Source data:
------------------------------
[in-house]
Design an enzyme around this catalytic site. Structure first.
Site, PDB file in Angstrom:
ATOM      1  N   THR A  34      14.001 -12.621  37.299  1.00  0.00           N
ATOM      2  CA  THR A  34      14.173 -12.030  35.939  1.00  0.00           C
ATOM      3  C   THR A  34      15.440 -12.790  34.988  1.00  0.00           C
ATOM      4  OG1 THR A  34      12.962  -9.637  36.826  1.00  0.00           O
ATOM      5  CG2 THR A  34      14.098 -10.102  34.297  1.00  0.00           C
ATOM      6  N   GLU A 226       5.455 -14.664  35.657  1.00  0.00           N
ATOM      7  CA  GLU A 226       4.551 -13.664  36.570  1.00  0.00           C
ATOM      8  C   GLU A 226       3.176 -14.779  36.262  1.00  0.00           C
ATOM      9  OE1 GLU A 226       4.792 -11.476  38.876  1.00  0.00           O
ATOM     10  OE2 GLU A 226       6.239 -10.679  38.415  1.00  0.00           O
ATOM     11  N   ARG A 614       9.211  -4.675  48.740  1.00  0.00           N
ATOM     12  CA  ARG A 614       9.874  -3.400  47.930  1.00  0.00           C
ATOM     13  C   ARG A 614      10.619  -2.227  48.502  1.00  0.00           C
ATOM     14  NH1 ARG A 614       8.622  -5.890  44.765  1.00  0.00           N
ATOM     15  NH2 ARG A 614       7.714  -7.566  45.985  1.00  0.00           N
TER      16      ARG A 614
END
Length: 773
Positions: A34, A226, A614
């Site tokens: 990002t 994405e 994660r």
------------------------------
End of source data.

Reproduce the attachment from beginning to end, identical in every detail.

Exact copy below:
[in-house]
Design an enzyme around this catalytic site. Structure first.
Site, PDB file in Angstrom:
ATOM      1  N   THR A  34      14.001 -12.621  37.299  1.00  0.00           N
ATOM      2  CA  THR A  34      14.173 -12.030  35.939  1.00  0.00           C
ATOM      3  C   THR A  34      15.440 -12.790  34.988  1.00  0.00           C
ATOM      4  OG1 THR A  34      12.962  -9.637  36.826  1.00  0.00           O
ATOM      5  CG2 THR A  34      14.098 -10.102  34.297  1.00  0.00           C
ATOM      6  N   GLU A 226       5.455 -14.664  35.657  1.00  0.00           N
ATOM      7  CA  GLU A 226       4.551 -13.664  36.570  1.00  0.00           C
ATOM      8  C   GLU A 226       3.176 -14.779  36.262  1.00  0.00           C
ATOM      9  OE1 GLU A 226       4.792 -11.476  38.876  1.00  0.00           O
ATOM     10  OE2 GLU A 226       6.239 -10.679  38.415  1.00  0.00           O
ATOM     11  N   ARG A 614       9.211  -4.675  48.740  1.00  0.00           N
ATOM     12  CA  ARG A 614       9.874  -3.400  47.930  1.00  0.00           C
ATOM     13  C   ARG A 614      10.619  -2.227  48.502  1.00  0.00           C
ATOM     14  NH1 ARG A 614       8.622  -5.890  44.765  1.00  0.00           N
ATOM     15  NH2 ARG A 614       7.714  -7.566  45.985  1.00  0.00           N
TER      16      ARG A 614
END
Length: 773
Positions: A34, A226, A614
């Site tokens: 990002t 994405e 994660r």